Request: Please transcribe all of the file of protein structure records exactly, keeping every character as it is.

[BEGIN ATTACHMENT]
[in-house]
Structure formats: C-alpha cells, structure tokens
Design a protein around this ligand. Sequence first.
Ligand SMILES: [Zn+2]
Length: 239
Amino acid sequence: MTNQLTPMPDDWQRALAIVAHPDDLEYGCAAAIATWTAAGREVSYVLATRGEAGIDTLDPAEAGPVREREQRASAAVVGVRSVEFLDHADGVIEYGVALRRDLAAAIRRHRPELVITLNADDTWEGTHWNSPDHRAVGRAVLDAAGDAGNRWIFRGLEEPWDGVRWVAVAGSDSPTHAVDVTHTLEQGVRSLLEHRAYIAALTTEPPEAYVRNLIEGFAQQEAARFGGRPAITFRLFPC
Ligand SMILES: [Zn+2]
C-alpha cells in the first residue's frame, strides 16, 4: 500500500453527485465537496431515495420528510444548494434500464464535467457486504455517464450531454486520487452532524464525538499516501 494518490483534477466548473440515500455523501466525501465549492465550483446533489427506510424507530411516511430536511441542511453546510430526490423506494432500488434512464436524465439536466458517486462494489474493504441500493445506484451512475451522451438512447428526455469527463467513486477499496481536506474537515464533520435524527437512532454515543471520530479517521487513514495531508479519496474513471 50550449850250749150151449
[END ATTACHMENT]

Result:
[in-house]
Structure formats: C-alpha cells, structure tokens
Design a protein around this ligand. Sequence first.
Ligand SMILES: [Zn+2]
Length: 239
Amino acid sequence: MTNQLTPMPDDWQRALAIVAHPDDLEYGCAAAIATWTAAGREVSYVLATRGEAGIDTLDPAEAGPVREREQRASAAVVGVRSVEFLDHADGVIEYGVALRRDLAAAIRRHRPELVITLNADDTWEGTHWNSPDHRAVGRAVLDAAGDAGNRWIFRGLEEPWDGVRWVAVAGSDSPTHAVDVTHTLEQGVRSLLEHRAYIAALTTEPPEAYVRNLIEGFAQQEAARFGGRPAITFRLFPC
Ligand SMILES: [Zn+2]
C-alpha cells in the first residue's frame, strides 16, 4: 500500500453527485465537496431515495420528510444548494434500464464535467457486504455517464450531454486520487452532524464525538499516501 494518490483534477466548473440515500455523501466525501465549492465550483446533489427506510424507530411516511430536511441542511453546510430526490423506494432500488434512464436524465439536466458517486462494489474493504441500493445506484451512475451522451438512447428526455469527463467513486477499496481536506474537515464533520435524527437512532454515543471520530479517521487513514495531508479519496474513471 50550449850250749150151449